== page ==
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Laurel & Hardy

 

 

OUR RELATIONS

Hal Roach - MGM, 1936. Directed by Harry Lachman.  Camera:  Rudolph Mate.  With Stan Laurel, Oliver Hardy, Alan Hale, Sr., Sidney Toler, Daphne Pollard, Betty Healy, James Finlayson, Iris Adrian, Lona Andre, Ralf Harolde, Noel Madison, Arthur Housman, Ernie Alexander, Marvelle Andre.

Sailors Laurel & Hardy are entrusted with a package (containing a diamond ring) to deliver on shore.  Aware of their own weaknesses, and determined that on this shore leave they won't fritter away their savings, they leave their money with their captain, making him promise not to return it to them under any condition until they have set sail again.  The port into which they have been thrust is by coincidence the home town of their long-lost and now happily-married twin brothers. The sailors pick up two waterfront girls in a saloon, while not far away the civilians are entertaining their wives in a slightly more respectable beer parlor.  The inevitable soon takes place, and the twins become inter-mixed.  The temporary loss of the diamond involves the boys with gangsters and, unable to produce the missing gem, they are encased in teetering cylinders of cement and left on the edge of the wharf for the law of gravity to take its course.  None too logically, the tangled threads are straightened out at the last minute, marital suspicions dispelled, and the long separated twins reunited.

Produced by Stan Laurel's own company for Roach, and thus spared the occasional interference by Roach, whose changes in gags and plot structure often caused friction and dissatisfaction though never any serious rifts on a personal level, Our Relations was on a much bigger scale than any prior Laurel & Hardy film.  The elaborate night club set in which much of the action took place was a really impressive creation, and the whole production has a look of class and polish to it.  No little of this can be attributed to the smooth, glistening camerawork by Rudolph Mate, the only really creative cameraman that Laurel & Hardy had used since the departure of George Stevens many years earlier.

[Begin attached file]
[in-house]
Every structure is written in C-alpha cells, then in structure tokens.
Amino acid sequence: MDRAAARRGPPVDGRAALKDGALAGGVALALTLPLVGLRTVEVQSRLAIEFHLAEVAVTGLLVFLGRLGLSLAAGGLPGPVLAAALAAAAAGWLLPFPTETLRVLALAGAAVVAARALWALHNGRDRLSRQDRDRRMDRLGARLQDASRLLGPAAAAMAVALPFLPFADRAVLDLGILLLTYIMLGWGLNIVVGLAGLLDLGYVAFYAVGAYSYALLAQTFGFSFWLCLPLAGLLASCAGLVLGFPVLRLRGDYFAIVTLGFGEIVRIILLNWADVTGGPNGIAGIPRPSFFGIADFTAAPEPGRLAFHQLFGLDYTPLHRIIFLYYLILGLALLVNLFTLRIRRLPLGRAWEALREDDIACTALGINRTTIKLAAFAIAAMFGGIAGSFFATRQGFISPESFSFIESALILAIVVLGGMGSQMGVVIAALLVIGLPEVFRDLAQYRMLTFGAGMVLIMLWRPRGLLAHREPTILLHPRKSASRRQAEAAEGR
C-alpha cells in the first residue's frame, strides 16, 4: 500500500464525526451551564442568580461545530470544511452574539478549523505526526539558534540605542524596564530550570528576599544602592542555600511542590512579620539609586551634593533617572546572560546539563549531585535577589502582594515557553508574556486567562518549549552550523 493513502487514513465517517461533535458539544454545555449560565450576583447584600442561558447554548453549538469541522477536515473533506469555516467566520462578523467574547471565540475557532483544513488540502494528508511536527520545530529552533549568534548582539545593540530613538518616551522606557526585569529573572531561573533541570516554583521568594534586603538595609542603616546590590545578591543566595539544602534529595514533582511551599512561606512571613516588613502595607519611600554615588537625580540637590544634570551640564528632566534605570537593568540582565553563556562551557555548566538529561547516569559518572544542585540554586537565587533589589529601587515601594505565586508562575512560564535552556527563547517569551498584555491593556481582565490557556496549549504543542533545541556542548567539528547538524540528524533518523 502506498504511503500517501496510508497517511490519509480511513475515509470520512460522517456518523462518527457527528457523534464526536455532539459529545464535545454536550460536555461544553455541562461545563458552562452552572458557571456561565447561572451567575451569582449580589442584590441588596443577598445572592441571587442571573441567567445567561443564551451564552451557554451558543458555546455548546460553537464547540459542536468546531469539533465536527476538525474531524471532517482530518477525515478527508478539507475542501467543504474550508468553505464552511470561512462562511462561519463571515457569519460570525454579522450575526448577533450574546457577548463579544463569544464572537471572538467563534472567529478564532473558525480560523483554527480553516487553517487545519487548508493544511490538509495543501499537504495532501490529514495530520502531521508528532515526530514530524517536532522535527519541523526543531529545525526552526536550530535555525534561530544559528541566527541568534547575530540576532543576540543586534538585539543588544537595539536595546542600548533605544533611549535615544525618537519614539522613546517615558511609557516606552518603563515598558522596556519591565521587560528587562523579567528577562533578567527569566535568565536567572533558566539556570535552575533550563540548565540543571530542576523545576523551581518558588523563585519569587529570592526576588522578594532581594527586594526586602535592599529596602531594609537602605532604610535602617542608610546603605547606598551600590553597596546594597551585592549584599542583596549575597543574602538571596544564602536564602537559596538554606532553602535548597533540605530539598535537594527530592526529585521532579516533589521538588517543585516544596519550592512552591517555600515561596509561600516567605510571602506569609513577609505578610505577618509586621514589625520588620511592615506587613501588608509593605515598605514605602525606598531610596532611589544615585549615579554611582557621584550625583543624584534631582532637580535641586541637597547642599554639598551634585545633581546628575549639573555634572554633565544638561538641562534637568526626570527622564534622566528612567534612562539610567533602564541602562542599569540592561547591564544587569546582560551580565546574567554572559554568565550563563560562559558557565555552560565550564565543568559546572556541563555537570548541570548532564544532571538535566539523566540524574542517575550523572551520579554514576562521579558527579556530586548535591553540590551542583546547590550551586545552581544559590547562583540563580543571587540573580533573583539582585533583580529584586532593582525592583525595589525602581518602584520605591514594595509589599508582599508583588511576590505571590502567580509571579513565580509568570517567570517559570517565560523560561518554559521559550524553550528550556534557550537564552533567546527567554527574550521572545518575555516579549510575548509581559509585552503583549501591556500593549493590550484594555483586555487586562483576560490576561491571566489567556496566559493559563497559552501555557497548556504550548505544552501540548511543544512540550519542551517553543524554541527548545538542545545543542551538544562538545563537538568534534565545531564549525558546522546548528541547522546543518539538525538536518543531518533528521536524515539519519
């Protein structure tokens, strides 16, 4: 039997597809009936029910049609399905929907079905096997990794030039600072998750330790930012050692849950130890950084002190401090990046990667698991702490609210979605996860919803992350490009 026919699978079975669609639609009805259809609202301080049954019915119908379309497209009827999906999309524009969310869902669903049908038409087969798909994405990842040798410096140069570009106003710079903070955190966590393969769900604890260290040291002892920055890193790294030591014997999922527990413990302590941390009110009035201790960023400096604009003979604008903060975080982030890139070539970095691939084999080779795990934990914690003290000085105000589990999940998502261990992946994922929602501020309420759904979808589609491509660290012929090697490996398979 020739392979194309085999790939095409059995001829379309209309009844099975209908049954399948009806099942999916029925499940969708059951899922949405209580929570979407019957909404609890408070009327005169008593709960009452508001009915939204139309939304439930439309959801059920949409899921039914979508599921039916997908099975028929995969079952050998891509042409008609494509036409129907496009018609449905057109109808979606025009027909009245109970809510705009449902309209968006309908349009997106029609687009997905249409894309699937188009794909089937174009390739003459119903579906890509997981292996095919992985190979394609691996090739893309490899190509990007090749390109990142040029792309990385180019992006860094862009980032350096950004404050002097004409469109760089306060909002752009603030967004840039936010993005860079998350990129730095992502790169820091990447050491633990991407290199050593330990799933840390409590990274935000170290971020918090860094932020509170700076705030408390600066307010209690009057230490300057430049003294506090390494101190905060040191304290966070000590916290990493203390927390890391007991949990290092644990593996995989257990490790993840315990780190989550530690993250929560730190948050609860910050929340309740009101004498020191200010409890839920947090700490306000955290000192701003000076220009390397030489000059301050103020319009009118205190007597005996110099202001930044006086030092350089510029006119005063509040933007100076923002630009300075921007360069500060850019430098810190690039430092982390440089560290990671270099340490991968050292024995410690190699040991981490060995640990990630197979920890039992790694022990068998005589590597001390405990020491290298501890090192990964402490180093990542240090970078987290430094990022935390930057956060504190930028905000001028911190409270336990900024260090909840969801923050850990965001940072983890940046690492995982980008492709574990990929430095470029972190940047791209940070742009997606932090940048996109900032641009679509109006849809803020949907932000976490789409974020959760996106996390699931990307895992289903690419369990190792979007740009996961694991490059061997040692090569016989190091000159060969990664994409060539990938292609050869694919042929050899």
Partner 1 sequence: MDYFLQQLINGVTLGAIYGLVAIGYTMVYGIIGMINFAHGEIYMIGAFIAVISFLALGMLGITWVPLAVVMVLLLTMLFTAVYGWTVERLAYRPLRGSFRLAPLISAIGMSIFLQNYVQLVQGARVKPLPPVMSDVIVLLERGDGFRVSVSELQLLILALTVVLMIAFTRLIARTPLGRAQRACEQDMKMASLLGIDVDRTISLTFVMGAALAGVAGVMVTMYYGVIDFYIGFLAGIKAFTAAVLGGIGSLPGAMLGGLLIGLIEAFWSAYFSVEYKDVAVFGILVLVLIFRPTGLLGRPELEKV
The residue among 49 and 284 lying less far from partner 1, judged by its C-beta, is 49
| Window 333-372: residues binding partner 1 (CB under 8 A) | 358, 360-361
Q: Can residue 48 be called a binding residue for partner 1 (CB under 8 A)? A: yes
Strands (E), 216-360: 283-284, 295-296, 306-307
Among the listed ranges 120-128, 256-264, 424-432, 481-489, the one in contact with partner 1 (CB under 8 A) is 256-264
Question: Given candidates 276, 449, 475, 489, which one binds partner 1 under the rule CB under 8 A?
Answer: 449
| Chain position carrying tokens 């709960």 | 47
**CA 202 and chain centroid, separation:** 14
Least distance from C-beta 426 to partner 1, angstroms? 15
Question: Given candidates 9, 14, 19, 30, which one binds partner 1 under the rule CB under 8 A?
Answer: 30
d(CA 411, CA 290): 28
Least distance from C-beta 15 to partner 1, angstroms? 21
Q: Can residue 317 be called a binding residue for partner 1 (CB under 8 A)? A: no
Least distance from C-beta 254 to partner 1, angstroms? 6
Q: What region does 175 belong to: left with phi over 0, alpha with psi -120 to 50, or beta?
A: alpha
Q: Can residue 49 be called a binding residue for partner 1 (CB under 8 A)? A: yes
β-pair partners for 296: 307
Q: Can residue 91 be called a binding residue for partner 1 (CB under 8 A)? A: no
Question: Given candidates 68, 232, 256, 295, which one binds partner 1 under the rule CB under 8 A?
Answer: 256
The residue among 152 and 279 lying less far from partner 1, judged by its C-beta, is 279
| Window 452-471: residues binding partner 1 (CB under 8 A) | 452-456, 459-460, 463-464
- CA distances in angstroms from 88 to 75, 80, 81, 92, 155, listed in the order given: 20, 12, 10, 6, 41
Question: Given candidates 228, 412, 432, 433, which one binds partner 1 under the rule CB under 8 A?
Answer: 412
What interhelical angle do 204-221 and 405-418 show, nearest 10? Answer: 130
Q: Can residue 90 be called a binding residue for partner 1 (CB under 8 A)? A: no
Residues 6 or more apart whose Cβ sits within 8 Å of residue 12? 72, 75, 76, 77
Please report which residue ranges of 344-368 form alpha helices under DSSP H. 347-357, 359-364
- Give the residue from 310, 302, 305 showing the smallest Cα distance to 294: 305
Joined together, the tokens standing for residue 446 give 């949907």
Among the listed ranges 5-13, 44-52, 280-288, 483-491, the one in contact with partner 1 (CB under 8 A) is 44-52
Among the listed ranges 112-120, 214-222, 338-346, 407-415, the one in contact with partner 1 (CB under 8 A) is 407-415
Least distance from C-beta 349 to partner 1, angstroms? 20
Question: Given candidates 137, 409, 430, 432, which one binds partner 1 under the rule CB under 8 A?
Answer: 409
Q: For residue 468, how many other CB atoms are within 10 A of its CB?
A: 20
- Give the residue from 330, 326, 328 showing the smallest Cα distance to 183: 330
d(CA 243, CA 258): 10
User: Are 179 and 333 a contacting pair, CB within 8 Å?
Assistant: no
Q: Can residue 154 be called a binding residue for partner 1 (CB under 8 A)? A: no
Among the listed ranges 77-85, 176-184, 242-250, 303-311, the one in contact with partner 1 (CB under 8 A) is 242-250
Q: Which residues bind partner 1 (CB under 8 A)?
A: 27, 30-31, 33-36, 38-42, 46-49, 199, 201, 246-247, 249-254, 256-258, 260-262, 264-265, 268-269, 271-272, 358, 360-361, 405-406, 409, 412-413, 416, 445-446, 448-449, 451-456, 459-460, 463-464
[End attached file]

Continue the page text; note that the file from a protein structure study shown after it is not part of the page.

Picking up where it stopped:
Director Harry Lachman, who never worked with them before or since, was hardly a comedy specialist, but a versatile all-around craftsman (one of his more notable credits was Dante's Inferno) who seems to have left the comedy routines pretty much to Laurel & Hardy and to have devoted his efforts to keeping the tangled plot-lines fairly cohesive and to creating genuine menace and suspense in the climactic gangster episodes.

Based, though somewhat loosely, on a story by W. W. Jacobs (author of that Grand Guignol classic, "The Monkey's Paw"), Our Relations also has more than a casual relationship to Shakespeare's Comedy of Errors, or at least to the musical show made from it under the title of The Boys from Syracuse.  More might have been made of differentiation between the sets of twins; other than the fact that the sailors are fun-loving and free and easy, and the husbands mildly henpecked, both Laurel & Hardys are identical in mannerisms and in their relationship with one another.  However, the film moves too quickly and covers too much ground for there to be much time to ponder such a criticism.

While slapstick is there in full measure, it is again comedy of frustration that dominates:  the sailors vainly trying to persuade the captain to return their money, and being locked in their hotel room, sans clothes, "for their own good;" the husbands' attempts to convince their wives and beer parlor proprietor Alan Hale that they were not there earlier with two blonde pickups; and so on.  The traditional encounter with James Finlayson was even more savage than usual.  With mustard plastered under his toupee, and an electric light bulb screwed into his mouth, he came off a decided second-best in this particular fray.

The trick photography when the twins finally meet was fairly elementary, even for 1936, but was smoothly and convincingly done by Mate.  Slightly morbid at times, especially in the cement barrel sequences, Our Relations is nevertheless one of the most handsome Laurel & Hardy films and, because of its production values, one that holds up best today.  Television revivals have been especially ruthless to it in terms of cutting, however.  There is even a one-reel version under the title of Sailors' Downfall.

The Films of Laurel and Hardy
by William K. Everson
The Citadel Press, 1967

Additional detailed information about this film is available from
the AFI Catalog of Feature Films at
AFI.com, or by clicking here.